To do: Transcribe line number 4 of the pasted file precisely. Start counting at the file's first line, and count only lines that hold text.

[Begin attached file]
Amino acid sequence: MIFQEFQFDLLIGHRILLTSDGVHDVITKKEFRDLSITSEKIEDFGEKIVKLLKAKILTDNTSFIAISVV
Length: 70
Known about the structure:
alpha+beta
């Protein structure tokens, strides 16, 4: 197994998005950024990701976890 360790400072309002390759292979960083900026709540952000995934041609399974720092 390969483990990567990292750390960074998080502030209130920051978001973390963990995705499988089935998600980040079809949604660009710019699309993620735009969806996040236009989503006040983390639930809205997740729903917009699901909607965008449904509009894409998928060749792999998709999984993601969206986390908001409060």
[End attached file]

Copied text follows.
alpha+beta